<v Dorraine Keller>Really, I don't. Because. <v John Keller>You don't go very much. <v Dorraine Keller>I just don't go that often to town, you know. <v John Keller>Well, we certainly try and keep the trips to a minimum. <v John Keller>We're- I don't think we didn't used to do that so much, you know. <v John Keller>You try and get more things done at the same time. <v John Keller>Dorraine gets her hair fixed or something, she also buys groceries the same day. <v Karen Rhodas>Yeah. We should give ourselves one tank of gas a week and then we do any more <v Karen Rhodas>running at all. Depends if we have any extra money. <v Karen Rhodas>But usually, one tank of gas, takes care of his working and then to store and stuff. <v Jimmy Carter>I ask each of you to take an important action on behalf <v Jimmy Carter>of our nation. <v Jimmy Carter>I ask you to drive 15 miles a week fewer <v Jimmy Carter>than you do now. <v Jimmy Carter>One way to do this is not to drive your own car to work every day <v Jimmy Carter>at least once a week. Take the bus, go by a carpool,
<v Jimmy Carter>or if you were close enough to home, walk. <v Ron Tschida>We have three people to travel into St. Paul area to work or school, <v Ron Tschida>and we have three cars going in that direction. <v Ron Tschida>A lot of times will double up if our schedules can possibly warrant it so that we <v Ron Tschida>get a couple of people driving in one car at least help save us some gasoline cost. <v Sherri Tschida>And I think another thing, even out here, some of us women have called each other and <v Sherri Tschida>said, are you going in? <v Sherri Tschida>Why don't we go together, you know, which is kind of nice. <v Sherri Tschida>Because it kind of goes back to the community thing where you pull together, you know. <v John Keller>Carpooling is something that we can't do because nobody <v John Keller>else is going the same place we are. <v John Keller>When you live in a country, you just have to figure you're gonna drive. <v John Keller>Quite often with kids and schools and stuff, except <v John Keller>that there's so many things that you just have to get. <v John Keller>Machinery parts and stuff like that.
<v John Keller>You just have to go get them. <v John Keller>And about half of our driving is chasing after <v John Keller>parts and feed and stuff. <v Dave>Now, what are you doing differently now than you did a year ago when there was no <v Dave>real big deal about this? <v John Keller>We were talking about this the other day Dave, and I don't think as far <v John Keller>as farming in a business, you <v John Keller>we never did waste any fuel. <v John Keller>I don't believe we wasted fuel. <v Dave>Well, what you're saying is that everything <v Dave>that that you've ever had to do was essential. <v Dave>You really get along without any less fuel. <v John Keller>The only thing you do is cut down and national production. <v John Keller>You know, I don't think the nation can afford to have us all cutting down even <v John Keller>a small percentage. <v John Keller>Of a crop here and in the whole country <v John Keller>would affect our our national being a lot.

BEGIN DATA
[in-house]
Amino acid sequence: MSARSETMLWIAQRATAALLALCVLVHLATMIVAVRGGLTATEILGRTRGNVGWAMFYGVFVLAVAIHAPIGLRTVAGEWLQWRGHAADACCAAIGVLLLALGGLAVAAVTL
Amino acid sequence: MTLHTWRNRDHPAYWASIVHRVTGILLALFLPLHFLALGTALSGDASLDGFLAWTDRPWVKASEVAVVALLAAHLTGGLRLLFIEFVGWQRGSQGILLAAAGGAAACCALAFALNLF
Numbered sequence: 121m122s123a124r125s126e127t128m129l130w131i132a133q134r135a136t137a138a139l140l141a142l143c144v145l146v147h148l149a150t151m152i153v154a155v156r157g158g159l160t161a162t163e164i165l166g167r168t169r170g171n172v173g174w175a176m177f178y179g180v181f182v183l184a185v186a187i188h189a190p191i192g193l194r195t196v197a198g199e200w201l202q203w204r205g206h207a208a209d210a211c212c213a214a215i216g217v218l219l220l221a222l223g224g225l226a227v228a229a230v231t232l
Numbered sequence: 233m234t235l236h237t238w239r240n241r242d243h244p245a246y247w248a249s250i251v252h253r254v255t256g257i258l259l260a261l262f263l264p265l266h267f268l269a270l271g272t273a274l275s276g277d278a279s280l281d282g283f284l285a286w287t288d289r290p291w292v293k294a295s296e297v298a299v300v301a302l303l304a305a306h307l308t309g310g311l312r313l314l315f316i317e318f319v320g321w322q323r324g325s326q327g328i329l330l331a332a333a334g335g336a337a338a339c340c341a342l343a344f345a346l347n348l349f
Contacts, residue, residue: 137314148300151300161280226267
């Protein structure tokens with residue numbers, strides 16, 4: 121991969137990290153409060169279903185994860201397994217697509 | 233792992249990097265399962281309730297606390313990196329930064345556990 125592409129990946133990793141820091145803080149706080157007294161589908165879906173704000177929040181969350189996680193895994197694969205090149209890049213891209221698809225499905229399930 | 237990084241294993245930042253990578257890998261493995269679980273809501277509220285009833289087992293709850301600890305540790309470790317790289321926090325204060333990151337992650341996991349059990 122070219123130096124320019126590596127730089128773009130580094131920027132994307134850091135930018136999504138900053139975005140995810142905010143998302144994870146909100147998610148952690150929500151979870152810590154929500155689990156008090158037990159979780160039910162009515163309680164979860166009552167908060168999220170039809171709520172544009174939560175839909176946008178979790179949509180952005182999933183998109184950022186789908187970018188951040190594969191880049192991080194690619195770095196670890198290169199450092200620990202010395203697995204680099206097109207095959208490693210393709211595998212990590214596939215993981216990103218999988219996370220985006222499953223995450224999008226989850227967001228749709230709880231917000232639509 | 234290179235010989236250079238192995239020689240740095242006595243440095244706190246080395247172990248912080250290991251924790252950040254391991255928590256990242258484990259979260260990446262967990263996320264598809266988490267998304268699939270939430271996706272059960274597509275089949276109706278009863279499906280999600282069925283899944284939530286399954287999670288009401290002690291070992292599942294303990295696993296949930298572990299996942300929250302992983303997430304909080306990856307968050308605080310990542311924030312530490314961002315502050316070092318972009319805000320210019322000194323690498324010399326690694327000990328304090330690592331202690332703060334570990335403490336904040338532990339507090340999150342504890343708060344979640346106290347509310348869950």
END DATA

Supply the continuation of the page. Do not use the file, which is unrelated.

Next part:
<v Jimmy Carter>This is a painful step. <v Jimmy Carter>And I'll give it to you straight. <v Jimmy Carter>Each of us will have to use less oil. <v Jimmy Carter>And pay more for it. <v Karen Rhodas>Well, I think we're really going to get sold. Because we'd have to have two cars going. <v Karen Rhodas>Because we'll be working opposite shifts of each other. <v Karen Rhodas>So we have to have two cars and to keep gas in the two cars and maintain the upkeep. <v Karen Rhodas>So sometimes I wonder if it's even worth my while going back to work without knowing how <v Karen Rhodas>much money I'm going to be putting out for this other stuff. <v Dennis Rhoda>I would think it would hurt people, the restaurants and resorts <v Dennis Rhoda>and stuff, and eventually going to be taking its toll on everybody. <v John Keller>She's one of my sons is is in a business where tourism <v John Keller>is is the whole business. <v Dorraine Keller>He's dependent on it. <v John Keller>Yeah. <v Dorraine Keller>What will happen Dave, know if you can't get gas? <v Dave Keller>Well, our whole business depends on fuel. If we don't have any gas we don't have any <v Dave Keller>business. <v Speaker>If I want airplane, how much would that cost?
<v Speaker>Oh. Airplane gas. Well they... <v Speaker>We got a letter from the oil company we deal with and they. <v Speaker>They said. They said, [inaudible]. <v Dave Keller>No... <v Dave Keller>We got a letter from them and they were gonna give us 90 percent of our last year's <v Dave Keller>quantity. And last year was <v Dave Keller>about the fourth year that we had. <v Speaker>Well, good effective. <v Dave Keller>Yeah. But then we, the next week we got another letter that said that we <v Dave Keller>gonna get 80 percent. [?: Oh. really?] So. <v Dave Keller>We're not sure just what we're going to do yet. <v Speaker>Hey, you know, what I was just thinking, if these oil companies are so short on oil. <v Speaker>Why is it like a day when you were at May Kaito a couple of years and those guys <v Speaker>developed that Volkswagen that ran, you know, like two 100 miles to the gallon <v Speaker>of gas and all of a sudden, you know, they don't start making them, some oil company buys <v Speaker>up the deal on it and the idea that they don't ?inaudible?.